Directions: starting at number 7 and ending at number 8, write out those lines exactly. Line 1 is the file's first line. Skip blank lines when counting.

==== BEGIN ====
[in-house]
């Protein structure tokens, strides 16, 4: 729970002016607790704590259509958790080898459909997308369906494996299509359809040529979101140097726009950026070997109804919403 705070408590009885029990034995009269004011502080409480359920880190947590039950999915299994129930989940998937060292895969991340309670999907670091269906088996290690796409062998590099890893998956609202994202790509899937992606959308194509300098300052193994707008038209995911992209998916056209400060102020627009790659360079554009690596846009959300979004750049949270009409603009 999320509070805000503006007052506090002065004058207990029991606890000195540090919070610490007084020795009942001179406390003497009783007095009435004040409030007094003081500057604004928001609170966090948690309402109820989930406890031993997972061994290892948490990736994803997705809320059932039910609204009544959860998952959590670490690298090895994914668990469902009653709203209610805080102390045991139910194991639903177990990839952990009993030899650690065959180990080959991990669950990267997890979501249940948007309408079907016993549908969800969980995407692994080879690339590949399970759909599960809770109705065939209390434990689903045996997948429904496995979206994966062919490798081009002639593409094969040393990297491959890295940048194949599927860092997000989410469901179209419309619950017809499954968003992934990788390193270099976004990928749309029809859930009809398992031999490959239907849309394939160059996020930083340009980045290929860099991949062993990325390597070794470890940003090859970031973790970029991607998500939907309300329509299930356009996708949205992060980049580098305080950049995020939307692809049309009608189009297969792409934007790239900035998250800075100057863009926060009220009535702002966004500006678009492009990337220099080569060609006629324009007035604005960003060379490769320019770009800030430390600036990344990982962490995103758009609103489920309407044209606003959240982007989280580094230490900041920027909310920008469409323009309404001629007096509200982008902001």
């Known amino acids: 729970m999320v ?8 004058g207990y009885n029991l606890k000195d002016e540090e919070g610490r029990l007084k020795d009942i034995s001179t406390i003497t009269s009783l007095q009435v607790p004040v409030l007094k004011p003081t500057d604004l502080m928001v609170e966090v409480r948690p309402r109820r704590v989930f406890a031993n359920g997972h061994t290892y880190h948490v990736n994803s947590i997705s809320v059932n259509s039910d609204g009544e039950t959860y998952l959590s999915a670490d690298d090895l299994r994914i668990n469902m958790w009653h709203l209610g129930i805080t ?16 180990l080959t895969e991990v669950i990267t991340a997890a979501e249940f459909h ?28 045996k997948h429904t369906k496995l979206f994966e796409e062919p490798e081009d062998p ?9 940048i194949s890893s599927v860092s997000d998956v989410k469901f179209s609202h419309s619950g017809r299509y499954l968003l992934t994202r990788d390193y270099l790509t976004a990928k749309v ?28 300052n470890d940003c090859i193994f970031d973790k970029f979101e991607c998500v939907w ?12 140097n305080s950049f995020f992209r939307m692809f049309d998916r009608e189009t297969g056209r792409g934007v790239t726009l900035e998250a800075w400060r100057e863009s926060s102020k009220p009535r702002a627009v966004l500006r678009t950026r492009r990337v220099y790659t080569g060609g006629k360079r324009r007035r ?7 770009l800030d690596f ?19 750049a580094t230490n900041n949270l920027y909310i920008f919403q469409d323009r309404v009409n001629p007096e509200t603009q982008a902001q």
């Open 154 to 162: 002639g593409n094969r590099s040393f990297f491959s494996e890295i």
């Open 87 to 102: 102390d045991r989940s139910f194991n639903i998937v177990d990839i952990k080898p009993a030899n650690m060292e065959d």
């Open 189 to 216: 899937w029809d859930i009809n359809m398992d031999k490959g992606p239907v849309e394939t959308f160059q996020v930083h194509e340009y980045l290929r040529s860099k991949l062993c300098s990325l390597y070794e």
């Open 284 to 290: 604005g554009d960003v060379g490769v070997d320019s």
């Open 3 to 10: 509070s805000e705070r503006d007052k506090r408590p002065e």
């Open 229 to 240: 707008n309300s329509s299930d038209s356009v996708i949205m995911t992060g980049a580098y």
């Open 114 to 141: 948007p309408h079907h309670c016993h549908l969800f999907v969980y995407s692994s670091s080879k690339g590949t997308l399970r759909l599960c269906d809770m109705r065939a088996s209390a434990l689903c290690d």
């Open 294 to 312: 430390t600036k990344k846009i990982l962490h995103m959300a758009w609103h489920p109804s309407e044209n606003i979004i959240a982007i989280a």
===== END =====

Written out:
């Open 284 to 290: 604005g554009d960003v060379g490769v070997d320019s």
């Open 3 to 10: 509070s805000e705070r503006d007052k506090r408590p002065e």